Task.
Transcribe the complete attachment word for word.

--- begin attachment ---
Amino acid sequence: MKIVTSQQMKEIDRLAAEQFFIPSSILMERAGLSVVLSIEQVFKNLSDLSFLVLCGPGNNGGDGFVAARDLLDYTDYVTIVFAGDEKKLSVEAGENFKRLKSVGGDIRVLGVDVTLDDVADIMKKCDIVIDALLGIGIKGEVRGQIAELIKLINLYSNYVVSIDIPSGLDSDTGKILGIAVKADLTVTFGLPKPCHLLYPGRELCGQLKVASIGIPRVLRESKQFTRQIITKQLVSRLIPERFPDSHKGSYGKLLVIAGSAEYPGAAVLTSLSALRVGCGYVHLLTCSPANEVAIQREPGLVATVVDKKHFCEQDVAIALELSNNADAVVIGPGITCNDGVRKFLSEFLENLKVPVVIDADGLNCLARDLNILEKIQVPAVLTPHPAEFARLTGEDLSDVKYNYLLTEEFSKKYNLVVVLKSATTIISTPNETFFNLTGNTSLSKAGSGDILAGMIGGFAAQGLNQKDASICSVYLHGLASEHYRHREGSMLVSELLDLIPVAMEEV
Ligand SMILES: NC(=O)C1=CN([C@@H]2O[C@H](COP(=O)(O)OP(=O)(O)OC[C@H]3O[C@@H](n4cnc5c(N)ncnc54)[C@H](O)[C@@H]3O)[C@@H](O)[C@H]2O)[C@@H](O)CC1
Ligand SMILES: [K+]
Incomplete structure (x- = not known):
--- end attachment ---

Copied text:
Amino acid sequence: MKIVTSQQMKEIDRLAAEQFFIPSSILMERAGLSVVLSIEQVFKNLSDLSFLVLCGPGNNGGDGFVAARDLLDYTDYVTIVFAGDEKKLSVEAGENFKRLKSVGGDIRVLGVDVTLDDVADIMKKCDIVIDALLGIGIKGEVRGQIAELIKLINLYSNYVVSIDIPSGLDSDTGKILGIAVKADLTVTFGLPKPCHLLYPGRELCGQLKVASIGIPRVLRESKQFTRQIITKQLVSRLIPERFPDSHKGSYGKLLVIAGSAEYPGAAVLTSLSALRVGCGYVHLLTCSPANEVAIQREPGLVATVVDKKHFCEQDVAIALELSNNADAVVIGPGITCNDGVRKFLSEFLENLKVPVVIDADGLNCLARDLNILEKIQVPAVLTPHPAEFARLTGEDLSDVKYNYLLTEEFSKKYNLVVVLKSATTIISTPNETFFNLTGNTSLSKAGSGDILAGMIGGFAAQGLNQKDASICSVYLHGLASEHYRHREGSMLVSELLDLIPVAMEEV
Ligand SMILES: NC(=O)C1=CN([C@@H]2O[C@H](COP(=O)(O)OP(=O)(O)OC[C@H]3O[C@@H](n4cnc5c(N)ncnc54)[C@H](O)[C@@H]3O)[C@@H](O)[C@H]2O)[C@@H](O)CC1
Ligand SMILES: [K+]
Incomplete structure (x- = not known):